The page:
Beats aligns with TopSpin, picks Daisy subscription service chief
Beats Electronics, the Jimmy Iovine and Dr. Dre company behind the popular Dre-branded headphones, unveiled details Thursday on its upcoming music subscription service Daisy, including the appointment of former Topspin Media executive Ian Rogers as Daisy chief executive. Daisy is targeted for a launch late this year and will serve as a standalone company under the Beats umbrella.
In a separate but related move, Beats made an undisclosed investment in Topspin, where Jeremy Bellinghausen will step into the chief executive role for the departing Rogers. Topspin has specialized in providing musicians and labels with the back-end digital tools to sell goods direct to fans. The software will be integrated with Beats’ subscription service Daisy.
“The idea is this: If I’m listening to music on demand in a streaming service, which is the way we can all agree we will consume music going forward, I should be able to find out if the band I am listening to is playing in my town,” said Bob Moczydlowsky, senior vice president of product/marketing at Topspin.
“I should be able to connect to that artist on Twitter,” he continued. “I should be able to see products and updates from that artist while I’m listening to the music. There shouldn’t be a walled garden where the streaming service is just a utility that delivers the sound.”
Daisy -- the new name for the reconfigured MOG, which Beats acquired in 2012 -- will enter a crowded yet rapidly growing subscription service market, competing with Spotify, Rdio, Rhapsody and more. At the time of Beats’ MOG acquisition, the service had about 500,000 registered users. Spotify, worldwide, has claimed about 5 million paid subscribers.
“There still yet isn’t a music streaming service where, when I find something I love, I can go really as deep as I want to about it without leaving the service,” Moczydlowsky said. “I also don’t discover as much new music from the services as I should. The algorithmic functionality of the services is useful but not the best discovery experience.... I think we’re a long ways away from helping deal with the fact that there’s unlimited choice in the service.”
Terms of Beats’ acquisition of MOG were not disclosed, but The Times reported that Beats paid about $10 million for service.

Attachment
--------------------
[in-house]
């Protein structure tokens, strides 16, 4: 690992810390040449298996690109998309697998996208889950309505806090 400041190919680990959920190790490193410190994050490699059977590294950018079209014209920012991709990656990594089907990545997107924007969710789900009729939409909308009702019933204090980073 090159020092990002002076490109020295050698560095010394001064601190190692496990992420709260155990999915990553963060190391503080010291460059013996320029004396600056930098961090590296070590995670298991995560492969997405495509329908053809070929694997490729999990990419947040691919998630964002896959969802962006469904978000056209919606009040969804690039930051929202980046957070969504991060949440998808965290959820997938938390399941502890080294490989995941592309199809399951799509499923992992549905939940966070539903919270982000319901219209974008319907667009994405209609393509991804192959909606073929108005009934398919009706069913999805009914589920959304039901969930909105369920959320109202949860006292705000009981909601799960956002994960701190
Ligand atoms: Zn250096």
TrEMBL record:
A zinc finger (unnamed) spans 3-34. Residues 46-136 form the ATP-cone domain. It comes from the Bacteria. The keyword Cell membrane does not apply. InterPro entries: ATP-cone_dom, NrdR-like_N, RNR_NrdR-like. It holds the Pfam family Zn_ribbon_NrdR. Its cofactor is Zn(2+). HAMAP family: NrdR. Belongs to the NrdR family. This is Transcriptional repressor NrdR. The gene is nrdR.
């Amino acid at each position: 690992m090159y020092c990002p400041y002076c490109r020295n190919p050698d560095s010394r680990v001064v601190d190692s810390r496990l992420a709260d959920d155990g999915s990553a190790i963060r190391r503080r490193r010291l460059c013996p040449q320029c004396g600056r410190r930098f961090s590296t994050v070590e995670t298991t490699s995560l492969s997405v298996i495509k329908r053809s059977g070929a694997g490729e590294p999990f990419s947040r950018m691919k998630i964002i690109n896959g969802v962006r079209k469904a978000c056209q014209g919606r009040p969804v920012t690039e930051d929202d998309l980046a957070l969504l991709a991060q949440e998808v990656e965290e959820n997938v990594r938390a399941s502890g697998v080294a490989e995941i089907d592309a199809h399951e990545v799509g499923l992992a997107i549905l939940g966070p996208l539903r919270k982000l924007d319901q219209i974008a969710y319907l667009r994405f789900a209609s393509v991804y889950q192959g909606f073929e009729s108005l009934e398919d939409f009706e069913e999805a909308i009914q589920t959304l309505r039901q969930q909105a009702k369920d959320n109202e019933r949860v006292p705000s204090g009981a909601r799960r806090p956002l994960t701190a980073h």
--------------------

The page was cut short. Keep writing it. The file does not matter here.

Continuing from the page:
Trent Reznor, the architect of the band Nine Inch Nails, will serve as the chief creative officer of Daisy, which will operate out of Beats’ Santa Monica headquarters. Daisy will be available for desktops and mobile devices, working with iOS, Android and Windows 8 operating systems.
“What’s missing from the digital music landscape is a cultural context,” said Interscope Geffen A&M; chairman Iovine in a statement. “We need to bring an emotional connection back to the act of music discovery. With Trent and now Ian we have the right team in place to do it.”
Founded in 2006, Beats reinvigorated a moribund market for high-fidelity headphones via savvy lifestyle marketing and its association with artists such as Dre. Beats expanded the category and as of mid-2012 was estimated to command nearly 30% of the $1-billion market for headphones in North America, according to estimates by NPD Group.
In addition to its work on Daisy, TopSpin in 2013 hopes to expand its reach into the independent film world. The company recently worked with Stacy Peralta on his skating documentary “Bones Brigade: An Autobiography.” Topspin orchestrated a grass-roots release scheme that offered fans various goodies, including reissued skateboard decks and riders’ personal mementos.
“I need some developers,” said Topspin’s Moczydlowsky. “If you know people who want to make amazing software for musicians, tell them to call me. I am hiring. This is a very real opportunity for us to make this move quicker and faster.”
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